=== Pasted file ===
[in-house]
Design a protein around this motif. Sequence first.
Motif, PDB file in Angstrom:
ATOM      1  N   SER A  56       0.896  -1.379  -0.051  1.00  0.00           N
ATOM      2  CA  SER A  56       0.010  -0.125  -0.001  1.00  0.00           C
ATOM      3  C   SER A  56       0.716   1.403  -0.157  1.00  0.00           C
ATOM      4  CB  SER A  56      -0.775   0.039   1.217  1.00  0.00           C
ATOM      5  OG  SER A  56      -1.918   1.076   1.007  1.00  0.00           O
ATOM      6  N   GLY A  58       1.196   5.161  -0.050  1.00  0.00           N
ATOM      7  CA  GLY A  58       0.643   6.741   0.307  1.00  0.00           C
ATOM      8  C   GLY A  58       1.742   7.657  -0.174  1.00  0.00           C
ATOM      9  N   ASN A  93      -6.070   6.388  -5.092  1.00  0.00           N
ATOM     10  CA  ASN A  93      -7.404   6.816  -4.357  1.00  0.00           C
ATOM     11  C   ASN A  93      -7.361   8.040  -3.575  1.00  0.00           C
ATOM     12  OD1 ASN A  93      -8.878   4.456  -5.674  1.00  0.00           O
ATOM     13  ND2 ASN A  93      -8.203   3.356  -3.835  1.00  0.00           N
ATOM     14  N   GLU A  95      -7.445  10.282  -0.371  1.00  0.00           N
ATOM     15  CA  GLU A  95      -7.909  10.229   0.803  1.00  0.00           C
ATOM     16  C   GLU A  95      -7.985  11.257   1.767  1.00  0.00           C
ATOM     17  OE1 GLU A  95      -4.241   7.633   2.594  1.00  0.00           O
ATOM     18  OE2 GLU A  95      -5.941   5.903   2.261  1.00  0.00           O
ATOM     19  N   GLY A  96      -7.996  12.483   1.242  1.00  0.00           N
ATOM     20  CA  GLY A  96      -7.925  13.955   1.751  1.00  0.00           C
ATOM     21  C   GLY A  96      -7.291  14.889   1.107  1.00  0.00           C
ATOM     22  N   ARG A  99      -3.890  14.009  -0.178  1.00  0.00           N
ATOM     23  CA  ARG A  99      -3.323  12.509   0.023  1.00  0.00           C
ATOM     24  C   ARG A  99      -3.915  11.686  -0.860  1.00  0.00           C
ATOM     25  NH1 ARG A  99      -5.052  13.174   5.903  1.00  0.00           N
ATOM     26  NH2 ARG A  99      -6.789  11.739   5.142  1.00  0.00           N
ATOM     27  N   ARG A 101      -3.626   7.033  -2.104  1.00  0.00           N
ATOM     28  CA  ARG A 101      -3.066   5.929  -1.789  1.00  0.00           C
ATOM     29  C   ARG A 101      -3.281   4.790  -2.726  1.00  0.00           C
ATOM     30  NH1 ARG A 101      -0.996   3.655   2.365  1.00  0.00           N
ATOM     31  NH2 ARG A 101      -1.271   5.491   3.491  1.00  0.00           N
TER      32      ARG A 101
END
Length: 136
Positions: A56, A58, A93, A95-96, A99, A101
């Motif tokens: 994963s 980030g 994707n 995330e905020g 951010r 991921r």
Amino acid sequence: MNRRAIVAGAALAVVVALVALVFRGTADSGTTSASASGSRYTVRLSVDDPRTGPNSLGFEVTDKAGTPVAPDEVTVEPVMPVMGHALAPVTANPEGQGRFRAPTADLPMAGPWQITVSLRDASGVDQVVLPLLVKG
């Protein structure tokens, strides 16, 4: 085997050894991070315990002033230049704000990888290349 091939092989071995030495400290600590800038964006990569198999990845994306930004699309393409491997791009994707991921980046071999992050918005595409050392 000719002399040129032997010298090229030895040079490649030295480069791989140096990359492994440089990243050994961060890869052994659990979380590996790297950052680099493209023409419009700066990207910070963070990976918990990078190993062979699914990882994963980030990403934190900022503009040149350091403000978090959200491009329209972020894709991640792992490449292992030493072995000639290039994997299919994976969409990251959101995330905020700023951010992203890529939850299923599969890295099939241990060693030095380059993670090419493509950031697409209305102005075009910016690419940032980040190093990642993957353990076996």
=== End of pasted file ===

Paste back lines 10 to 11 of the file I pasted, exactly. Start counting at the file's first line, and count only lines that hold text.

ATOM      7  CA  GLY A  58       0.643   6.741   0.307  1.00  0.00           C
ATOM      8  C   GLY A  58       1.742   7.657  -0.174  1.00  0.00           C